Jacoby’s style is creative, deep, and playful, drawing on his vinyasa, hatha, and Kripalu training and the influence of dance on his NYC-based practice. Both a Buddhist and a yogi, Jacoby teaches in a body-loving, heart-opening way that is intended to be accessible to all. Having been a social justice organizer for 13 years, his teaching is steeped with yoga being a tool for personal and social transformation-if we are not our mats to become better people, better parents, better neighbors, better partners, than we are just exercising. Jacoby often shares moving poems or readings from his teachers, and encourages students to deepen their understanding of their own hearts, minds, and life purpose so that students may authentically show up in their lives. He asks students to consider the profound connection between how we live our lives and how we show up on our mats; if we rush on our mats, chances are that we rush through our lives.
Jacoby has experience teaching to a wide range of speeds and abilities, from a gentle and restorative practice to an advanced vinyasa and is accustomed to teaching to a wide array of experience and capacity in the room. He believes in yoga being just one spiritual practice among many that benefits the world, and moves us into greater engagement with the world.
Jacoby has studied with and is influenced by: Lillian McMullen of Waterville, Maine; Shannon Harriman of Lyons, Colorado; Jaya Devi Bhagavati of Kashi Atlanta Ashram; Seane Corn and Hala Khouri of Off the Mat, Into the World; Sharon Salzburg of Insight Meditation Society; Larry Yang of Spirit Rock; Brian Liem of OM Yoga and Now Yoga in New York City; and Jovinna Chan, Jurian Hughes, Sudha Lundeen, Sudhir Faust, and Devarshi Hartman of Kripalu.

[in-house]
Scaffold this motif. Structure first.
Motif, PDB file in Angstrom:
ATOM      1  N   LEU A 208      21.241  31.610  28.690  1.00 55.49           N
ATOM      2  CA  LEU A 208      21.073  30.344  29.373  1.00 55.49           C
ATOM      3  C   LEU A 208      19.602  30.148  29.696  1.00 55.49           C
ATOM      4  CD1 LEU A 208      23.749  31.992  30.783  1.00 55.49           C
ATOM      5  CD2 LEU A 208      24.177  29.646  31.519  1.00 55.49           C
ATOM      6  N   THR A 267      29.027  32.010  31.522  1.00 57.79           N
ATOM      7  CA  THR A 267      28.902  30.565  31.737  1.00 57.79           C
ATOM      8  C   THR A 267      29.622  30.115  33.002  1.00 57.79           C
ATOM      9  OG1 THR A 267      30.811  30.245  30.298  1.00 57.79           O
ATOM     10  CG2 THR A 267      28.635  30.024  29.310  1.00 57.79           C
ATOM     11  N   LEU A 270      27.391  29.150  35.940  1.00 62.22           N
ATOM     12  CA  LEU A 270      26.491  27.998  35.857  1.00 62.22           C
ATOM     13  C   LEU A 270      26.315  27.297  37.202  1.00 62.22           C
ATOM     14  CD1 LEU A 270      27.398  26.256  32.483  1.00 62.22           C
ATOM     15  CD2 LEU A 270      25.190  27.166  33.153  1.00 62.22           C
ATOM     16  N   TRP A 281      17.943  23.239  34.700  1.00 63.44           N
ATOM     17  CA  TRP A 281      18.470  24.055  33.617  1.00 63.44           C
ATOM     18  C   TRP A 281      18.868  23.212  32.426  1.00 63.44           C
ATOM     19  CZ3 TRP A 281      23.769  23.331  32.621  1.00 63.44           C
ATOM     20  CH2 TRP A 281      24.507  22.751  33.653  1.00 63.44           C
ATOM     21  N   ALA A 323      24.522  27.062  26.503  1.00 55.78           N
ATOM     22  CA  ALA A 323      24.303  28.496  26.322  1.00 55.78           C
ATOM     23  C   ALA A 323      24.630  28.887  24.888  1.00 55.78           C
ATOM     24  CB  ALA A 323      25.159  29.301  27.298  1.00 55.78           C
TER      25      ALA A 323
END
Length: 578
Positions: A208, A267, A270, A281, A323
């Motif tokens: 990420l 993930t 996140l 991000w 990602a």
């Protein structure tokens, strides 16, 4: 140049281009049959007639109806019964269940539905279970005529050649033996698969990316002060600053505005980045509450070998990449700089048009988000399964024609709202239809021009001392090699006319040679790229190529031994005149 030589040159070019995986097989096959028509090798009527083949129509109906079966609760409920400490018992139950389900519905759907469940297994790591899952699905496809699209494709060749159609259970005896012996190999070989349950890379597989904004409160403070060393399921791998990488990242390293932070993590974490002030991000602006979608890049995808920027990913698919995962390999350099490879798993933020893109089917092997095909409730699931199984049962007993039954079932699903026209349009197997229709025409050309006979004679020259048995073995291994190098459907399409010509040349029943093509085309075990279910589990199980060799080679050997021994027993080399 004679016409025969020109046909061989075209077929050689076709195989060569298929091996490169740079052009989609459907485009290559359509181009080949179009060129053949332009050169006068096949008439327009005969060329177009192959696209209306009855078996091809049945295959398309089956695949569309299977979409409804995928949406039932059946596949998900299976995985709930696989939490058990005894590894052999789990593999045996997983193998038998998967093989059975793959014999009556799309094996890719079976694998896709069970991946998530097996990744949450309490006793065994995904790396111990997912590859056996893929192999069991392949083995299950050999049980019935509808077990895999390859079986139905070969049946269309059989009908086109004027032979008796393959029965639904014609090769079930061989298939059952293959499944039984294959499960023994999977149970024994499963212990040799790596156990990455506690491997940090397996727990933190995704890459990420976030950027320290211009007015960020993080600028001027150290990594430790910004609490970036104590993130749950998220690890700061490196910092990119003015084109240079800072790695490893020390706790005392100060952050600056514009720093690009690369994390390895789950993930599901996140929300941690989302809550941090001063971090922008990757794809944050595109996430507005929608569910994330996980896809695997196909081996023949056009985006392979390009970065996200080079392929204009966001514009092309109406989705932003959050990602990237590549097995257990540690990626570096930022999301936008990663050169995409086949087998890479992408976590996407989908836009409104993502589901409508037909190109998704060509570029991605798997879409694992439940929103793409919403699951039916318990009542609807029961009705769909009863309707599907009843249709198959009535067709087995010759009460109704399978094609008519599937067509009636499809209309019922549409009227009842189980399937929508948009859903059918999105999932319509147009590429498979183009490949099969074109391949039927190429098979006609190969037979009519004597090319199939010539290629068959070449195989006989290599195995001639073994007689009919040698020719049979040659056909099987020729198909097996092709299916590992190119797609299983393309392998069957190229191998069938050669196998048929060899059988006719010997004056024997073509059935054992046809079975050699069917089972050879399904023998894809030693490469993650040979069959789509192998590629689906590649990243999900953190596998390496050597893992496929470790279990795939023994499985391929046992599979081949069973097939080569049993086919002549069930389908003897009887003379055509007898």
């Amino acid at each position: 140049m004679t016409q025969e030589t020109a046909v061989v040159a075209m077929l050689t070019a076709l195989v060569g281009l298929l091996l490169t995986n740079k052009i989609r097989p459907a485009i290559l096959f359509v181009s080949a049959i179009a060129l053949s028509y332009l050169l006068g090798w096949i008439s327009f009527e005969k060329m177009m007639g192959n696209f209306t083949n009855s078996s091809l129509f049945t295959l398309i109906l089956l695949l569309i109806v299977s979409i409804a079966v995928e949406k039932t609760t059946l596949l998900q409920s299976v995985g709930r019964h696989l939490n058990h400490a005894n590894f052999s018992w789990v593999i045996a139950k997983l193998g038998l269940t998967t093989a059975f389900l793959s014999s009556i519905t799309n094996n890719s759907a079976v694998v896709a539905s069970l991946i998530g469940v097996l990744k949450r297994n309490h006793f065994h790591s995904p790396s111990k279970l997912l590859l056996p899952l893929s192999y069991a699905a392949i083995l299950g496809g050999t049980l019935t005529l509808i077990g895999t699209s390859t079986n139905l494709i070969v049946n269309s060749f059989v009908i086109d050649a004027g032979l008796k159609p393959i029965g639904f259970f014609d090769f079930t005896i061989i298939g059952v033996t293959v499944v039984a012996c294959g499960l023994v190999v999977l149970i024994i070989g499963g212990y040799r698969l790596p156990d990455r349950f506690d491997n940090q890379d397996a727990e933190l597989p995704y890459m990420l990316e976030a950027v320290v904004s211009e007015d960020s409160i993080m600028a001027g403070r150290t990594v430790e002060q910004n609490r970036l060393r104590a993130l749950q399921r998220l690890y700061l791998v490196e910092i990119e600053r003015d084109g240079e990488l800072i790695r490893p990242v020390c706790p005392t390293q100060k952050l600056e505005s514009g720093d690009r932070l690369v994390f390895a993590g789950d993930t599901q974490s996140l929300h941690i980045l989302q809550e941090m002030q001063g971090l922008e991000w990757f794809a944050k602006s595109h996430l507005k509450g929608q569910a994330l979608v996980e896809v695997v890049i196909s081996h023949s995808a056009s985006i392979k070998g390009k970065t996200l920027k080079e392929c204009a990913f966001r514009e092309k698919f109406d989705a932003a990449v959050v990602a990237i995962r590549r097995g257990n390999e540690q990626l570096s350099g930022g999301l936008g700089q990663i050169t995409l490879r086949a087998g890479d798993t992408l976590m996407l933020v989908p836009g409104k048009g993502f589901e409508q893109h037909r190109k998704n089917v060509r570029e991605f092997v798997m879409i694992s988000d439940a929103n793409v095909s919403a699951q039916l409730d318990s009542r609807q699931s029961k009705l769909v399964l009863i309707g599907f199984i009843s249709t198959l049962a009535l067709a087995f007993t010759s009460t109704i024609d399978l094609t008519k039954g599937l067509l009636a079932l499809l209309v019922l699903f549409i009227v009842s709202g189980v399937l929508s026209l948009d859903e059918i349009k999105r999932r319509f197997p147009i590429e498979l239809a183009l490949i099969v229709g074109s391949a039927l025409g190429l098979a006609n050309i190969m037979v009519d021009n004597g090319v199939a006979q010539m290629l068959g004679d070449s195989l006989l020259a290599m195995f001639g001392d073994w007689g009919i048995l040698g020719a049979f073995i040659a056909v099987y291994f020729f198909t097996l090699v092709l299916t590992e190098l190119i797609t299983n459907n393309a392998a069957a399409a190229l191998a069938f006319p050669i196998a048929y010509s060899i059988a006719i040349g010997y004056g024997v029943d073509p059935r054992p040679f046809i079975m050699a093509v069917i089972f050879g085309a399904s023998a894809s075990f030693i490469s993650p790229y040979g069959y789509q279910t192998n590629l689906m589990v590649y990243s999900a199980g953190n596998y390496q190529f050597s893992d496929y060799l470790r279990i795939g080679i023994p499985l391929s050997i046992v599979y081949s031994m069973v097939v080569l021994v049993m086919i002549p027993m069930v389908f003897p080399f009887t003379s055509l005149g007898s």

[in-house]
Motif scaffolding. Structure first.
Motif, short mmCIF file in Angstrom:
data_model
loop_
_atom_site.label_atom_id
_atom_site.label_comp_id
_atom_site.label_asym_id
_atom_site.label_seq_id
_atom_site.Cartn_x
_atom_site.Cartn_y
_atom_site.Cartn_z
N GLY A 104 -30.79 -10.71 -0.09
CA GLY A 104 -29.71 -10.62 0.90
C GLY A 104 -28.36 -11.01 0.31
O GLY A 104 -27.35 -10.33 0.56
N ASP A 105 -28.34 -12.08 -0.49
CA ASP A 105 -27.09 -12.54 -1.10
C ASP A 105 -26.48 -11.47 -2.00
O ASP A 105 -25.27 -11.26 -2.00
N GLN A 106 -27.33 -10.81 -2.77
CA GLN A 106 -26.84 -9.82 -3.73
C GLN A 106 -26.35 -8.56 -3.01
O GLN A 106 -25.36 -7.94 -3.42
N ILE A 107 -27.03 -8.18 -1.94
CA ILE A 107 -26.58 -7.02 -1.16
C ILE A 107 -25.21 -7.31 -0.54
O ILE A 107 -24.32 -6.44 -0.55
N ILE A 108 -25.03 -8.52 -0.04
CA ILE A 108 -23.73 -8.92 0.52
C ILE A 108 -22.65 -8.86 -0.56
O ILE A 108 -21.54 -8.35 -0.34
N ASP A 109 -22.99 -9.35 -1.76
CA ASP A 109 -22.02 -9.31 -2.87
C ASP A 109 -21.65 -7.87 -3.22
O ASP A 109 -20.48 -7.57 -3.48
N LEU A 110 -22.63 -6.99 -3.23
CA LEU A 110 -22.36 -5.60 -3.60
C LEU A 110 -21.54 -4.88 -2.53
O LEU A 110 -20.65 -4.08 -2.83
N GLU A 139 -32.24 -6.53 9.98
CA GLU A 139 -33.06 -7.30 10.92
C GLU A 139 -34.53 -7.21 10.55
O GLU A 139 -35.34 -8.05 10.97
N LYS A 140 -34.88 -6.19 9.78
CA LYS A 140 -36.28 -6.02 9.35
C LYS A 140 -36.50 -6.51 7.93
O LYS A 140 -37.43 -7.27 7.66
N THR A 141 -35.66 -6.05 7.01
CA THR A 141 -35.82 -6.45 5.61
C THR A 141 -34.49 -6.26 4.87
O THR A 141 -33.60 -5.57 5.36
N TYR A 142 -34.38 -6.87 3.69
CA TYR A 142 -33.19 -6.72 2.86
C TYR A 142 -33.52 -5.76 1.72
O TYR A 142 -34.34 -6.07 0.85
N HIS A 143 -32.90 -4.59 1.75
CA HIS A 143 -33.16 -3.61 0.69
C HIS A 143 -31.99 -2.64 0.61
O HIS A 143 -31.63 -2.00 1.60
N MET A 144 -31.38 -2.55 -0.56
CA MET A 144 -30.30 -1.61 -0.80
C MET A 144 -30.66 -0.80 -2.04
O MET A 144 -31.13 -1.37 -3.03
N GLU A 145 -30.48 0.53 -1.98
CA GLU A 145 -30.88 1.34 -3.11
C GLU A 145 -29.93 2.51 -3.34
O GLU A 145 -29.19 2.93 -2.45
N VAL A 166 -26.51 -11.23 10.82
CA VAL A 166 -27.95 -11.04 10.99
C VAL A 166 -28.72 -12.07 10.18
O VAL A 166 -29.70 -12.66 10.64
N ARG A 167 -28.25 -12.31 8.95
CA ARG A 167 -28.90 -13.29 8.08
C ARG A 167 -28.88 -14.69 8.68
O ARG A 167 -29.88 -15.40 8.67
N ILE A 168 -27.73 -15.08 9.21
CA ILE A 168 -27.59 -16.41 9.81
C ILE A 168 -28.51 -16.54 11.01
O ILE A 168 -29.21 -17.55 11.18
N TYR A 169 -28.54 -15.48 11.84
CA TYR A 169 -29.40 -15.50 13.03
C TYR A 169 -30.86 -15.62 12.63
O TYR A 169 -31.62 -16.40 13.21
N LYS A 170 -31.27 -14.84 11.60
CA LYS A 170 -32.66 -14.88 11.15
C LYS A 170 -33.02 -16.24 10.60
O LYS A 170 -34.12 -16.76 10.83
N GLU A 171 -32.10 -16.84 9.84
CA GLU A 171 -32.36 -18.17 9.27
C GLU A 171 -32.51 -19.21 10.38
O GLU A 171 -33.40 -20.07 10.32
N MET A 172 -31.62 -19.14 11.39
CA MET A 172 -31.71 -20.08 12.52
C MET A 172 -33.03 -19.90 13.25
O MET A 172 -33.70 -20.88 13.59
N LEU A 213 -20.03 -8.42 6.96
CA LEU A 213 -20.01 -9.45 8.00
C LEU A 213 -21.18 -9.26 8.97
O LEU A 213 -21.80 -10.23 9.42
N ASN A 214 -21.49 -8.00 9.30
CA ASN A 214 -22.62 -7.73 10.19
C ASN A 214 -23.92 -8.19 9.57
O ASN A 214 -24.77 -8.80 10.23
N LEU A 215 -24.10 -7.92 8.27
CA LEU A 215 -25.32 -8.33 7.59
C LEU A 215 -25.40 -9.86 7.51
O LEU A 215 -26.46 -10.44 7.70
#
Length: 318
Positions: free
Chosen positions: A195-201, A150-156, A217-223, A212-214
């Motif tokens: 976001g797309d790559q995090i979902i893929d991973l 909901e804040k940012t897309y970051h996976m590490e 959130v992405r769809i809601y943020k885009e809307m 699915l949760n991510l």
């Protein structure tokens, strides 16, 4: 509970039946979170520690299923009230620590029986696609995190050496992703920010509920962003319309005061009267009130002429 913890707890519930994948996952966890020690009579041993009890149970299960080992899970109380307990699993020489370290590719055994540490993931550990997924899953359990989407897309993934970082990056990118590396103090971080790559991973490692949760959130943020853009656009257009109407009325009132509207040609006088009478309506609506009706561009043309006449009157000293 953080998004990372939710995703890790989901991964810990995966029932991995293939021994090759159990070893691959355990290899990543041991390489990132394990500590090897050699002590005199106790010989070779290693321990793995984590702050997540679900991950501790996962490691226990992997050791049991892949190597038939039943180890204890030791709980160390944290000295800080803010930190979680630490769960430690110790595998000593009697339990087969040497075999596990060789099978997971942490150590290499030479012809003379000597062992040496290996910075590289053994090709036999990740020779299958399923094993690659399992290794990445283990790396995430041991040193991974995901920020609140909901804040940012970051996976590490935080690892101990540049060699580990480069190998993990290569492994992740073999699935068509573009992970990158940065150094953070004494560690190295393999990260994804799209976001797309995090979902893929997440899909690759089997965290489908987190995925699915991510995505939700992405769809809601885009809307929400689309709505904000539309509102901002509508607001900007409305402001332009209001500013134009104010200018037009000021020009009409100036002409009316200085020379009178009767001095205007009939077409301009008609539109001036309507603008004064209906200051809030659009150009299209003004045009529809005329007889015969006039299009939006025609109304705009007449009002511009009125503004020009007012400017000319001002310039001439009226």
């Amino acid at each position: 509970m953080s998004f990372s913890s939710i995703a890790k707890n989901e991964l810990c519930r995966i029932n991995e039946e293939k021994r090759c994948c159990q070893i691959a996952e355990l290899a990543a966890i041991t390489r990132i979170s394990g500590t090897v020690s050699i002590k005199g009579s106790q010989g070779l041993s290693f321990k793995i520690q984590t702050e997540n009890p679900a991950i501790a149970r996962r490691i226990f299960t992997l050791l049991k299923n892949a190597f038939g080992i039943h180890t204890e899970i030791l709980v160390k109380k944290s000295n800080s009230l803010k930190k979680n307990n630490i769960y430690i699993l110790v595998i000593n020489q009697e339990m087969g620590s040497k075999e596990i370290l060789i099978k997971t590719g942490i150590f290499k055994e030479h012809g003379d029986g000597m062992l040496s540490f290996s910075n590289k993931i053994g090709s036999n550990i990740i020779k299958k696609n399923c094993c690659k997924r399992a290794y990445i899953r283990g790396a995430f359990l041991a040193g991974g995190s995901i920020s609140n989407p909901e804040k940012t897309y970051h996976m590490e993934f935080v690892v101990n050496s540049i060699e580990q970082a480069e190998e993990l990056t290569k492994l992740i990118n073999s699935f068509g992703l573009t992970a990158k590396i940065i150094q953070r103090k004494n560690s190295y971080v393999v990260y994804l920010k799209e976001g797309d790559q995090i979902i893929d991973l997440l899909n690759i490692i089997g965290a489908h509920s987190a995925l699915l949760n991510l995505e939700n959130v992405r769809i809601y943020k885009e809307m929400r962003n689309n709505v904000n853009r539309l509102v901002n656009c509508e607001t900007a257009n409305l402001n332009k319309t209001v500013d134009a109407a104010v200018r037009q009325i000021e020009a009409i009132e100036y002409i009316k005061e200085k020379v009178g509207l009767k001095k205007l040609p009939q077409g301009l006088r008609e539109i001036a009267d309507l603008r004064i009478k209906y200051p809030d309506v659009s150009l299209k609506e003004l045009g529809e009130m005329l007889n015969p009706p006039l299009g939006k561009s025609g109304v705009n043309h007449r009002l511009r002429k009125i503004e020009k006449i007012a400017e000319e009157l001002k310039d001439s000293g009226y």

Trainings for Yoga Teachers
Weekly Yoga Teaching Schedule
See the weekly class schedule in the sidebar, or view the complete calendar of classes, workshops, and retreats.
Individual Class Recordings
Recorded: April 30, 2013
1 hour 15 minutes yoga class focused on Upeksha, the quality of equanimity, being able to accept things as they are. Acceptance does not mean approval of circumstances, but a letting go of control.
Annamaya Kosha, the physical body
Recorded: May 7, 2013
1 hour 15 minutes yoga class exploring the Koshas, the 5 different ‘bodies’ or layers to our being. In this class we focus on the physical body, form, tactile sensations. Pranamaya Kosha has to do with how we absorb and digest to circumstances around us, and becoming aware of the constitution of our unique bodies.
Manomaya Kosha, the mental body
Recorded: May 21, 2013
1 hour 15 minutes yoga class exploring the 3rd Kosha, the mental body. This is the body of awareness, that contains grooves of our ways of being in the world. Through this class, we examine these patterns, drawing our attention to them to see if they actually work for us, if our habits are how we want to show up every day.
Vijnanamaya Kosha, the wisdom body
Recorded: May 28, 2013
1 hour 15 minutes yoga class exploring the wise part of ourselves, that which is drawn to act in accordance with that which is life-affirming. Vijnanamaya Kosha is that deep knowing, the witness, the part of ourselves that knows what to do in any circumstance.
Anandamaya Kosha, the bliss body
Recorded: June 4, 2013
Anandamaya Kosha is the Bliss Body, an innate part of us that is content and joyful. Connect to your bliss body through this 1 hour 15 minute yoga session. Remember the ways in which you are beautiful and perfect.
Present with Our Whole Selves
Recorded: June 11, 2013